Example #1: You’ve published a novel and have received great media exposure, and you’re in competition at the workplace for the next promotion. Why in the world wouldn’t you let your boss know about the interviews you’ve completed or the print coverage you’ve received? Inevitably, he or she will be impressed and in their mind, you’ve become different and separated yourself from others. Your status as an author can only help improve the image others have of you.

Example #2: You’re a business consultant and published a book displaying your expertise on the subject of your work and have enjoyed a stunning amount of media coverage. You and another consultant are vying for a lucrative contract with a firm. Along with your other marketing materials, you submit a copy of your book and clippings of your press coverage to the person or people who will make the hiring decision. Your competitor has similar credentials but no book and no media “credentials.” Who do you think has the better chance of getting that contract?

When it comes to resumes, in addition to typical information, attach articles written about you and your book and list interviews you’ve completed.  There can be no doubt the interviewer will be impressed and put your application at the top of the pile.

One case in point when it comes to leveraging media coverage is author Stacey Hanke, whose book Yes You Can! Everything You Need From A To Z To Influence Others to Take Action, has received interest from over 120 media outlets.

“My book and media attention have given me the opportunity to promote my business in ways I could not have done before,” says Hanke.

Randy Petrick, a writer, speaker, and money coach with more than thirty years of experience teaching financial concepts, has received nationwide media attention for his book Money Games: 85 Ways to Save Money and Attract Abundance. Petrick’s book and expertise has made him a particularly attractive source for the media in light of the recent economic difficulties.

“Writing and publishing Money Games has been a wonderful opportunity to enhance my business as a financial consultant,” says Petrick.  “I can’t imagine a better ‘business card’ in these financial times than my book.”

4) Make you and your book more appealing to agents and publishers.

Authors are increasingly going the self-published route first and the traditional publishing route second.  Self-publishing is no longer the “ugly stepchild” of the publishing industry, and agents and publishers are taking notice and offering publishing contracts to self-published authors who’ve proven their merits. But simply writing and publishing a book isn’t enough. High sales numbers will certainly open eyes, and media coverage will too. The classic query letter to an agent or publisher can be transformed into a magnet for attention if accompanied with press clippings and highlights of media coverage. Your odds of getting the attention of an agent or publisher increase substantially if they see that others have already taken an interest in you.

5) Media coverage to secure distribution.

Every author wants to get on the shelves of bookstores and in multiple distribution channels, but it’s not easy, especially for a self-published author. But consider publicity the “great equalizer” when it comes securing distribution and getting shelf-presence in stores. Certainly, most books you see in your local bookstore are from mainstream publishers, but not all. Of course, the quality of a book is paramount when determining which gets on the shelves, but quality can be “proven” by publicity.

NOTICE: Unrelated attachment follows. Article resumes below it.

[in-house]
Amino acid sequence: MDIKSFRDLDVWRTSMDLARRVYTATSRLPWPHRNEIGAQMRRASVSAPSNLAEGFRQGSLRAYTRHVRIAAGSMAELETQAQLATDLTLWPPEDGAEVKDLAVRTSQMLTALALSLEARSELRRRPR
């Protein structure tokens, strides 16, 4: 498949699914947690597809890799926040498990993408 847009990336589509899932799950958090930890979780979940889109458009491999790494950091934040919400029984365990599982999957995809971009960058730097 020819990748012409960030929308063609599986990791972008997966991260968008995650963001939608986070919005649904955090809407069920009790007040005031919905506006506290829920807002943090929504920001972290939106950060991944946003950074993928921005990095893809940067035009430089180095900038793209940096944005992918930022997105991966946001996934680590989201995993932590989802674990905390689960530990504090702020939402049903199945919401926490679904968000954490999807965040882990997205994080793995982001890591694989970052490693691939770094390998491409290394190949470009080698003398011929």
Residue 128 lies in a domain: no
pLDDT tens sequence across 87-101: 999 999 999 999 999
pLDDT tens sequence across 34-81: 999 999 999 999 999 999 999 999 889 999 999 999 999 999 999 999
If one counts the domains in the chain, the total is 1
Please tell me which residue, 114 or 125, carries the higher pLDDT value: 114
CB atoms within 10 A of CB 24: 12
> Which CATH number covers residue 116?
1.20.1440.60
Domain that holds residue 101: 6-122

You should stay in constant contact with your distributor, letting them know every time you’ve completed an interview or received newspaper or magazine coverage. Let them know when an interview will air or an article will run so they can let their sales representatives know and make pushes to local bookstores.

6) Make you and your next book more appealing.

Even the most famous authors rely upon previous media coverage to enhance the appeal of their next book. You can do the same thing. Pull quotes from articles or reviews and put them at the top or bottom of your book cover. Put “As Featured in …” if you received coverage in substantial outlets or were interviewed on well-known shows.

On Amazon and other bookselling sites, in the bio section, make sure to add in notable media coverage for your previous book.

The idea is straightforward: If your previous book received acclaim and positive media feedback, your new book must also be good!

One thing to keep in mind: For book covers, it’s best to include quotes or listing of interviews completed if these are from mid-level to large media outlets. An endorsement from your tiny local newspaper — although great publicity — probably won’t mean much to book buyers all over the country or world.

7) Show off and have fun.

Too often, authors — and publicists — forget to have fun along the way and after a publicity campaign. You worked hard, why not show off and have some fun? From simple things, like framing an article about you in your office, to sending copies to friends and family, promotion is all about showing off. It’s hard for some people to draw attention to themselves — it can feel awkward — but you need to shed your fears and tell the world!

Dan Smith is CEO and founder of Smith Publicity, one of the premier book publicity and book marketing firms in the industry. Smith Publicity has implemented over 900 book promotion campaigns and secured placements with virtually every major media outlet. The firm has serviced authors from over 25 countries and has offices in New Jersey, New York, Los Angeles, and London. Website: